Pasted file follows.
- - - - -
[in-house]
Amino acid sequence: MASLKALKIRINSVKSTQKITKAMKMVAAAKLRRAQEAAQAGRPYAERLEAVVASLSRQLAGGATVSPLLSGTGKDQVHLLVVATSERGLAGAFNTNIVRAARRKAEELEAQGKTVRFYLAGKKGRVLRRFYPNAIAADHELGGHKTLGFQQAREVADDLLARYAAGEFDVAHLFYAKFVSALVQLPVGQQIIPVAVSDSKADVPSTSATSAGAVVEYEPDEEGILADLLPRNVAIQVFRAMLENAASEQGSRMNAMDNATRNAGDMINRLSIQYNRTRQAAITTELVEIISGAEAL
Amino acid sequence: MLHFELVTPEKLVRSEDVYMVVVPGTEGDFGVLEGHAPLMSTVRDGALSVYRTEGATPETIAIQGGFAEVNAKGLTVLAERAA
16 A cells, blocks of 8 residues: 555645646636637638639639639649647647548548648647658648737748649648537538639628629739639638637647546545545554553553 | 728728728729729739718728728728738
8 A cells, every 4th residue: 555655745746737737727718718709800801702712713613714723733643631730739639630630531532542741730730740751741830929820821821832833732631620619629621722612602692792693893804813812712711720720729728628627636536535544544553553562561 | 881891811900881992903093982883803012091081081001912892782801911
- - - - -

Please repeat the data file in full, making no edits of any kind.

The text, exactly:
[in-house]
Amino acid sequence: MASLKALKIRINSVKSTQKITKAMKMVAAAKLRRAQEAAQAGRPYAERLEAVVASLSRQLAGGATVSPLLSGTGKDQVHLLVVATSERGLAGAFNTNIVRAARRKAEELEAQGKTVRFYLAGKKGRVLRRFYPNAIAADHELGGHKTLGFQQAREVADDLLARYAAGEFDVAHLFYAKFVSALVQLPVGQQIIPVAVSDSKADVPSTSATSAGAVVEYEPDEEGILADLLPRNVAIQVFRAMLENAASEQGSRMNAMDNATRNAGDMINRLSIQYNRTRQAAITTELVEIISGAEAL
Amino acid sequence: MLHFELVTPEKLVRSEDVYMVVVPGTEGDFGVLEGHAPLMSTVRDGALSVYRTEGATPETIAIQGGFAEVNAKGLTVLAERAA
16 A cells, blocks of 8 residues: 555645646636637638639639639649647647548548648647658648737748649648537538639628629739639638637647546545545554553553 | 728728728729729739718728728728738
8 A cells, every 4th residue: 555655745746737737727718718709800801702712713613714723733643631730739639630630531532542741730730740751741830929820821821832833732631620619629621722612602692792693893804813812712711720720729728628627636536535544544553553562561 | 881891811900881992903093982883803012091081081001912892782801911